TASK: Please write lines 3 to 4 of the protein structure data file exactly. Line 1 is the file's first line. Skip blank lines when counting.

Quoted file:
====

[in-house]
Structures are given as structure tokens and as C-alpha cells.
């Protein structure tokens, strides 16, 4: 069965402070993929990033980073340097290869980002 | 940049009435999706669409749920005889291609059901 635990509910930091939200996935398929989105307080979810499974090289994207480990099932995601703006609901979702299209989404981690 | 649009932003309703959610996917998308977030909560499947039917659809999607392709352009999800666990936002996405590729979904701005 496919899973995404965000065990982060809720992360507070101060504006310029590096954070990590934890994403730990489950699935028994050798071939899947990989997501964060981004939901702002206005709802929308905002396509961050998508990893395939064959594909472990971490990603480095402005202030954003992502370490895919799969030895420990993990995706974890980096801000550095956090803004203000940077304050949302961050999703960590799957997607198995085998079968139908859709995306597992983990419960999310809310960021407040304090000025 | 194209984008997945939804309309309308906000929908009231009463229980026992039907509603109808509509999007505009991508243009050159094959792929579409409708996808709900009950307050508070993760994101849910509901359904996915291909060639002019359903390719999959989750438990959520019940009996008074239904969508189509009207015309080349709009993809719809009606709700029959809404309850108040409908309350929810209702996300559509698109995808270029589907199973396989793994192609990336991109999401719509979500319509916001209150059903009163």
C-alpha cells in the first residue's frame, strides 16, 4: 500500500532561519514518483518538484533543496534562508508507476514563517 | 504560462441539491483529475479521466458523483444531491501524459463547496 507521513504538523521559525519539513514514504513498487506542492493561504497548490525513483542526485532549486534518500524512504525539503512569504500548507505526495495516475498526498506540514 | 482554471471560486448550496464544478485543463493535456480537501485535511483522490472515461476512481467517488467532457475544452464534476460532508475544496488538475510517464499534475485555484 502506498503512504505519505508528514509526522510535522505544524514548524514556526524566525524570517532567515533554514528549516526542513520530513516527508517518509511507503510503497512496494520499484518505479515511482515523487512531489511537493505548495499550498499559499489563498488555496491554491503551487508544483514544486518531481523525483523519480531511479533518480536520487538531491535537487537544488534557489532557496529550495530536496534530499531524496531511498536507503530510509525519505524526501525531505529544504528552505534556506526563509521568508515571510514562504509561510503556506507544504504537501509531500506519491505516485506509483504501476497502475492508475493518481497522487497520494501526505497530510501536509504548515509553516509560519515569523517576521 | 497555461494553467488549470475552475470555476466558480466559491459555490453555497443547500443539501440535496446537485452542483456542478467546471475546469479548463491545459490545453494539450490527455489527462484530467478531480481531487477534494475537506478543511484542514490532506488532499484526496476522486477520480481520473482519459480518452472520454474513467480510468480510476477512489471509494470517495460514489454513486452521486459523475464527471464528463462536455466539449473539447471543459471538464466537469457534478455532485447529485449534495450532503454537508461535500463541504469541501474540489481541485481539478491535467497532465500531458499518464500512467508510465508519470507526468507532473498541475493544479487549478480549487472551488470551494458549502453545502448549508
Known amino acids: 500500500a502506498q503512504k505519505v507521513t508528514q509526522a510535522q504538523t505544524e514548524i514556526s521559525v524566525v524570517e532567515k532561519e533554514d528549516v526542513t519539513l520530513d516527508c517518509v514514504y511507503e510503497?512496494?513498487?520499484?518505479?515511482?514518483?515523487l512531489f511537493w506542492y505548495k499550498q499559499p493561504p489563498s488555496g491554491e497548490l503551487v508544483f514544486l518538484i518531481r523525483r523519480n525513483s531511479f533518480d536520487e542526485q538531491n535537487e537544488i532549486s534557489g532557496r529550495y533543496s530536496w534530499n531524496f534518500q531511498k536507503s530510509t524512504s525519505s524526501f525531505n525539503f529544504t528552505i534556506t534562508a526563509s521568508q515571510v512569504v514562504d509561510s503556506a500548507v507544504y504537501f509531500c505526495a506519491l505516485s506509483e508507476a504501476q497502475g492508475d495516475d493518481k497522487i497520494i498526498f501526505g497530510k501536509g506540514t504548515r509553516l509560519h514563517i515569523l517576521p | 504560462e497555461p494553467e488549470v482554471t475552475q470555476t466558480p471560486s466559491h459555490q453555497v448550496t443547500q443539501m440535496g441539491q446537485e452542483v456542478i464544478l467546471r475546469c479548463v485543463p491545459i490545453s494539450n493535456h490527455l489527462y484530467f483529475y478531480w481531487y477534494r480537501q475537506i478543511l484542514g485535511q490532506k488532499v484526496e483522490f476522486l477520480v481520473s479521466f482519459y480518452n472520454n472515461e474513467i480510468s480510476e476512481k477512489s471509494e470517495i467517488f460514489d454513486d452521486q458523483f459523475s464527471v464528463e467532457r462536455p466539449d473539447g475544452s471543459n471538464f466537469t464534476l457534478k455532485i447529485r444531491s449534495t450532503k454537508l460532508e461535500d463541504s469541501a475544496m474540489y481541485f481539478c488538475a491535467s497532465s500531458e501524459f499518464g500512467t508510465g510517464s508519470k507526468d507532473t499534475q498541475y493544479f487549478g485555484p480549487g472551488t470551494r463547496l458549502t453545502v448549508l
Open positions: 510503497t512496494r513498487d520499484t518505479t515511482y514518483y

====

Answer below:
């Protein structure tokens, strides 16, 4: 069965402070993929990033980073340097290869980002 | 940049009435999706669409749920005889291609059901 635990509910930091939200996935398929989105307080979810499974090289994207480990099932995601703006609901979702299209989404981690 | 649009932003309703959610996917998308977030909560499947039917659809999607392709352009999800666990936002996405590729979904701005 496919899973995404965000065990982060809720992360507070101060504006310029590096954070990590934890994403730990489950699935028994050798071939899947990989997501964060981004939901702002206005709802929308905002396509961050998508990893395939064959594909472990971490990603480095402005202030954003992502370490895919799969030895420990993990995706974890980096801000550095956090803004203000940077304050949302961050999703960590799957997607198995085998079968139908859709995306597992983990419960999310809310960021407040304090000025 | 194209984008997945939804309309309308906000929908009231009463229980026992039907509603109808509509999007505009991508243009050159094959792929579409409708996808709900009950307050508070993760994101849910509901359904996915291909060639002019359903390719999959989750438990959520019940009996008074239904969508189509009207015309080349709009993809719809009606709700029959809404309850108040409908309350929810209702996300559509698109995808270029589907199973396989793994192609990336991109999401719509979500319509916001209150059903009163």
C-alpha cells in the first residue's frame, strides 16, 4: 500500500532561519514518483518538484533543496534562508508507476514563517 | 504560462441539491483529475479521466458523483444531491501524459463547496 507521513504538523521559525519539513514514504513498487506542492493561504497548490525513483542526485532549486534518500524512504525539503512569504500548507505526495495516475498526498506540514 | 482554471471560486448550496464544478485543463493535456480537501485535511483522490472515461476512481467517488467532457475544452464534476460532508475544496488538475510517464499534475485555484 502506498503512504505519505508528514509526522510535522505544524514548524514556526524566525524570517532567515533554514528549516526542513520530513516527508517518509511507503510503497512496494520499484518505479515511482515523487512531489511537493505548495499550498499559499489563498488555496491554491503551487508544483514544486518531481523525483523519480531511479533518480536520487538531491535537487537544488534557489532557496529550495530536496534530499531524496531511498536507503530510509525519505524526501525531505529544504528552505534556506526563509521568508515571510514562504509561510503556506507544504504537501509531500506519491505516485506509483504501476497502475492508475493518481497522487497520494501526505497530510501536509504548515509553516509560519515569523517576521 | 497555461494553467488549470475552475470555476466558480466559491459555490453555497443547500443539501440535496446537485452542483456542478467546471475546469479548463491545459490545453494539450490527455489527462484530467478531480481531487477534494475537506478543511484542514490532506488532499484526496476522486477520480481520473482519459480518452472520454474513467480510468480510476477512489471509494470517495460514489454513486452521486459523475464527471464528463462536455466539449473539447471543459471538464466537469457534478455532485447529485449534495450532503454537508461535500463541504469541501474540489481541485481539478491535467497532465500531458499518464500512467508510465508519470507526468507532473498541475493544479487549478480549487472551488470551494458549502453545502448549508